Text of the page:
Ever seen those cards on Facebook? The ones that offer a twist on what it means to be a domestic goddess? Humorous though they are, such retro postcards offer a satirical commentary on advice once given to housewives.

Retro Housewife Postcard
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Regular readers of this blog will know by now that women’s magazines are the main source for my current research project, which focusses on the 1960s. Flicking through the pages of those publications, I can’t help but notice the frequent advice given to women about how to attract a husband and be a good wife. Occasionally, men themselves offer their thoughts too — like in this gem from Mr J McA of Dublin:

Twenty-two years ago I married a girl I saw for the first time while she was sewing buttons on an old shirt. Men get inspiration from seeing their future wives doing the necessary things of life.[1]

or this one submitted by Miss E Walker of Wexford on behalf of her grandfather:

Always watch the way your sweetheart eats cheese … if she removes it wastefully or eats it without taking the rind off — she won’t make a good wife, but if she takes if off economically — she’s the girl for you.[2] 

Drawing on various articles and responses to letters across an array of magazines throughout the 1960s, I’ve found that the most common advice given to women was as follows:

Be Patient, Don’t Nag – Praise Him!

‘Every man hates a scene, and to avoid them he will become secretive, silent and eventually … he will grow to hate her’. Mara Farrell advised that it was the woman’s responsibility to manage jealousy in a marriage. She praised a ‘wise young wife’ of twenty-two she knew for encouraging her husband to go to the pub after work: ‘He is never more than about three quarters of an hour …, anxious to get back to her, thankful, I am sure, for her understanding and with the feeling that he is not tied to any apron strings’.[3] ‘G.R.’ from Tipperary agreed. ‘A gentle hint works better than nagging’, was her advice for making marriage work:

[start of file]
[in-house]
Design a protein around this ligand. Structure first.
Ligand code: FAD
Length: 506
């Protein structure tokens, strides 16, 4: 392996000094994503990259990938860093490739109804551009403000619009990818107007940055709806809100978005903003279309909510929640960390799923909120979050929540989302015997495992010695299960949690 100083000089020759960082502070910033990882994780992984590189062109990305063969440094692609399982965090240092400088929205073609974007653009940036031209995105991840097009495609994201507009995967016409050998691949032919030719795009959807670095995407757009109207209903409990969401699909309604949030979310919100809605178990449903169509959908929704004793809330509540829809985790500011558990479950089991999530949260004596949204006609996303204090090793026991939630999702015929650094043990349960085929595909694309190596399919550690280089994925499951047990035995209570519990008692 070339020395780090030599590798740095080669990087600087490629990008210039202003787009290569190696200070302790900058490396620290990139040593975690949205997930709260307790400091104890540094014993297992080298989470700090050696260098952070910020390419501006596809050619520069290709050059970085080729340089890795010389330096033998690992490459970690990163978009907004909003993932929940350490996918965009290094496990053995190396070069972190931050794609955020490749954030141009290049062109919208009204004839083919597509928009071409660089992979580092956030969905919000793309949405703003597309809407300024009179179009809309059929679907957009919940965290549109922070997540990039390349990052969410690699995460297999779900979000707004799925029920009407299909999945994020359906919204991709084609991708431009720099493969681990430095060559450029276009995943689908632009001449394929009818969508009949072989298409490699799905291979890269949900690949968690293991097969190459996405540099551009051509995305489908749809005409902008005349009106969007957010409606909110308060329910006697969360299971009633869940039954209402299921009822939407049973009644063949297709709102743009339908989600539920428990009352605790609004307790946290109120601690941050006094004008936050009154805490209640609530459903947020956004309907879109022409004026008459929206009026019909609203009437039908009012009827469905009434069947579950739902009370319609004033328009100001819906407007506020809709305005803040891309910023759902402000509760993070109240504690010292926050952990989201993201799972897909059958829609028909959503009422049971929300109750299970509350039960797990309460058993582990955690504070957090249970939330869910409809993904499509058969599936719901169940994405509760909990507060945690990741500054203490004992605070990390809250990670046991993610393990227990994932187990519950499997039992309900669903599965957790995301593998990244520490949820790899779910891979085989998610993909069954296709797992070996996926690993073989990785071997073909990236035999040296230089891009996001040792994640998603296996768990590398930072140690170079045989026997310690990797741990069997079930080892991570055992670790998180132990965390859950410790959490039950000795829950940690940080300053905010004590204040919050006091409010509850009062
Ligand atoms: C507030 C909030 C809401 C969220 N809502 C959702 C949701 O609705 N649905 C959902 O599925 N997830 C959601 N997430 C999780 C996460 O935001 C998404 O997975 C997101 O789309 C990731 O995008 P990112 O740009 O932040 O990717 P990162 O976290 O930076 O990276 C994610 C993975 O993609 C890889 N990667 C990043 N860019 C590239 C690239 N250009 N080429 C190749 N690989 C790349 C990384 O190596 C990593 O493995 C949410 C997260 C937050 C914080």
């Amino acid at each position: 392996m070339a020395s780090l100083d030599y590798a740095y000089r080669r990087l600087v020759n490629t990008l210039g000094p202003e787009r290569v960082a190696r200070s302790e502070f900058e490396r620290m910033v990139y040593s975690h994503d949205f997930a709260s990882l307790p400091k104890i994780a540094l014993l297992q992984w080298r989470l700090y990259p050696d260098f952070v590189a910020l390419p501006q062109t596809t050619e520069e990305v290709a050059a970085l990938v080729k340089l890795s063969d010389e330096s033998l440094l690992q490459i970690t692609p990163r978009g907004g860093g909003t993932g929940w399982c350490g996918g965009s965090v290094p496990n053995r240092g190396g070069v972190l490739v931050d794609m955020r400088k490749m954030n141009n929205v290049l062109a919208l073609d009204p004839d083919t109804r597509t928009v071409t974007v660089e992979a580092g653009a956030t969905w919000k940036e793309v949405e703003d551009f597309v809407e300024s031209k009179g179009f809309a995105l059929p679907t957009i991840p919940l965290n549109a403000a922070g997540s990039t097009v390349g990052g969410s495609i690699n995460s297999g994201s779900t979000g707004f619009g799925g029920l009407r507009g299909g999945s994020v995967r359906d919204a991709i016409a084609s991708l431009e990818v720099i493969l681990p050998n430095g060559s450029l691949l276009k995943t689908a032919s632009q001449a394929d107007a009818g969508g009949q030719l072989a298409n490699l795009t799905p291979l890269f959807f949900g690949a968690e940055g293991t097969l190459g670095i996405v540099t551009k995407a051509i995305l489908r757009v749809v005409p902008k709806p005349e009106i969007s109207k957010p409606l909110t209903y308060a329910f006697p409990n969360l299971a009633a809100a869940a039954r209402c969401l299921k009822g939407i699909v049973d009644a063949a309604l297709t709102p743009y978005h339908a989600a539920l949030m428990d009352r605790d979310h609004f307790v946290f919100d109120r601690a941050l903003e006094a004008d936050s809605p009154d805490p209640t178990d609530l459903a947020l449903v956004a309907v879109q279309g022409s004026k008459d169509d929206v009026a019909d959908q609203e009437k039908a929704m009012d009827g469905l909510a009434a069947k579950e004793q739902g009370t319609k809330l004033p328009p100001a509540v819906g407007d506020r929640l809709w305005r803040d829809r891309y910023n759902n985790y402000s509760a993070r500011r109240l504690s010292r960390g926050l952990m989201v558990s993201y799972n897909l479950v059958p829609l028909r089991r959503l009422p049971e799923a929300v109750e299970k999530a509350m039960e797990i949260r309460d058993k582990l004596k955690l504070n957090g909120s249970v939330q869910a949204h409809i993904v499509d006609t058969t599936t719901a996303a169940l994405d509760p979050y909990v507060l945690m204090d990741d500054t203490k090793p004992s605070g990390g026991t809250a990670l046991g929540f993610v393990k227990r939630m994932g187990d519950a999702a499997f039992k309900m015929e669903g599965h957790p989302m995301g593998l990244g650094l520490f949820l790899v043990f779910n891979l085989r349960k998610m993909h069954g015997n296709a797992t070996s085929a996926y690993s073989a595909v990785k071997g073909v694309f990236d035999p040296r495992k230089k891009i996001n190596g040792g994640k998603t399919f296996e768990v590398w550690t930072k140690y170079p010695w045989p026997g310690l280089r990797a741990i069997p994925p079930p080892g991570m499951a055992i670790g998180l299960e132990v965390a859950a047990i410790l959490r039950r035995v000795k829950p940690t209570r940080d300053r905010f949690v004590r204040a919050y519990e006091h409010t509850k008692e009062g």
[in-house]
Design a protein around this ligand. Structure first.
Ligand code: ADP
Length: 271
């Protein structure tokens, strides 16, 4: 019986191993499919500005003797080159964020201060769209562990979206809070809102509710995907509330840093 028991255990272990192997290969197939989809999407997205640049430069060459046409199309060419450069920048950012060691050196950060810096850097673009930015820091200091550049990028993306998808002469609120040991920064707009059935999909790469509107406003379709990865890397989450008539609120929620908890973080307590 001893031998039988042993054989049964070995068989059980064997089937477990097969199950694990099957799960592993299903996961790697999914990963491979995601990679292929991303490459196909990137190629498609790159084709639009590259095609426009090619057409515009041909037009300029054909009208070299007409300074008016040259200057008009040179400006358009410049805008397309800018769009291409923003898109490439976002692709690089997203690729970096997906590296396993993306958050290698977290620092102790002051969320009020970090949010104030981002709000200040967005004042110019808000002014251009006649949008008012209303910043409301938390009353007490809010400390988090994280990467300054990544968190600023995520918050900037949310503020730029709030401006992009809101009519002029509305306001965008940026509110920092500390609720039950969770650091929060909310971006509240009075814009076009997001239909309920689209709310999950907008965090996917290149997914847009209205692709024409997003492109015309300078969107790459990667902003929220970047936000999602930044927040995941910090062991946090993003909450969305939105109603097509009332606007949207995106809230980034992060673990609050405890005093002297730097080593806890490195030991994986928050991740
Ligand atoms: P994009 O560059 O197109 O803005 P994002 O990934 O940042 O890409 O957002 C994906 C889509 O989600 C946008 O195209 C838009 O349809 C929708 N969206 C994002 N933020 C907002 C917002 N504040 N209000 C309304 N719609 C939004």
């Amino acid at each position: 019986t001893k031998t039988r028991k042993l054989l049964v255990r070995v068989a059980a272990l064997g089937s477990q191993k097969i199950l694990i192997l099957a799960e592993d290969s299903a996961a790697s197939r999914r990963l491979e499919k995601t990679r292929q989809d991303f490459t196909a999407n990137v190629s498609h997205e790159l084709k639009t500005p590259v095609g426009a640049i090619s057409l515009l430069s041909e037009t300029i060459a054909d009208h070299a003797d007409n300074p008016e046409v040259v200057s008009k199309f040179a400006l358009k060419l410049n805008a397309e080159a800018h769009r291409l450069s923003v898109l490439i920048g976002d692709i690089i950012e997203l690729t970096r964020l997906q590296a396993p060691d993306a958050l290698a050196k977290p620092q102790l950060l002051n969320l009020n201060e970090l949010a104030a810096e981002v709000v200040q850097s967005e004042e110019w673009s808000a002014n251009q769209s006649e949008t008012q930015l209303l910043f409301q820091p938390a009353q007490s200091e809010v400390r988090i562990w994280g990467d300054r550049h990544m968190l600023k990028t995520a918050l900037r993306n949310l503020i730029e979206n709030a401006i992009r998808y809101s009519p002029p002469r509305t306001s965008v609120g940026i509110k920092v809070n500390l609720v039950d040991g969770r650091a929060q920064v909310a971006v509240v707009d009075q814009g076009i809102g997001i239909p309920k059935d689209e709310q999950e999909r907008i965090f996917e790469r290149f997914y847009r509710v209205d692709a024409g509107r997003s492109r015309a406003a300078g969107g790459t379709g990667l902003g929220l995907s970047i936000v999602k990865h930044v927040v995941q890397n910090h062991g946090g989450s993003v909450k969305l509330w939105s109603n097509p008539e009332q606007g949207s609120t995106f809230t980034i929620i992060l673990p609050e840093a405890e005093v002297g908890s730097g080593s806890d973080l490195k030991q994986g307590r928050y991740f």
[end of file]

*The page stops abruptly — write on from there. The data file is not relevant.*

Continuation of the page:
Never give him orders — rather say, ‘I wish I had time to paint the kitchen, mow the lawn, dig the garden, etc’. If he takes the hint and does it for you, call him a darling and mean it. If he ignores you, forget it, maybe he’ll take the next hint [4]

Philomena Groake recalled the story of one man who broke off his engagement to an otherwise charming woman. He had a lucky escape, she noted: if she nagged him before marriage, she would ‘crucify him’ afterwards. Her advice? ‘Don’t nag … a woman when she nags has a horrible expression on her face and a tense sound in her voice – not a very attractive picture, you will agree’.[5] As we’ll see below, appearance is important.

Take an Interest in his Day

All good wives knew it was essential to take an interest, but, as we’ll see next, to also let her husband relax after his working day has ended:

Be interested in his day but don’t be hurt if he doesn’t ask about yours. Welcome him home and make a fuss of him. [6]

Housework is not Man’s Work

Many women wrote to magazines complaining that their husbands did little to help out around the house, but the message was clear: housework is not man’s work, and to ask him to ‘do his share’ was just another type of nagging. Maura Laverty believed it was a husband’s right to relax after a day at work: ‘I consider it most unfair to expect the breadwinner to wash dishes’. Women who expected such assistance were deemed ‘lazy and selfish’.[7]

Ask Yourself: Are You the Problem?

Sharing Maura Laverty’s views, Angela Macnamara responded to a letter from a housewife complaining she was over-worked and got no help from her husband by asking if the woman was as organised as she could be.[8] ‘Not an angel’ from Limerick also expressed the view that, where there is a problem, a woman should first self-examine:

If there is something wrong, look inside yourself for the cause, before you decide it is your partner who is wrong.[9]

Make an Effort to Look Good For him

Continuing her response to that particular housewife, Macnamara added another point to the ‘good wife guide’: ‘don’t forget to look as attractive and bright as possible for him … no rollers in your hair!’.[10] As Eithne Ryan explained,

Marriage is based upon more than perfect grooming, but personal carelessness easily becomes disorder and if you have an orderly, tidy-minded husband, this can become an early cause of irritation.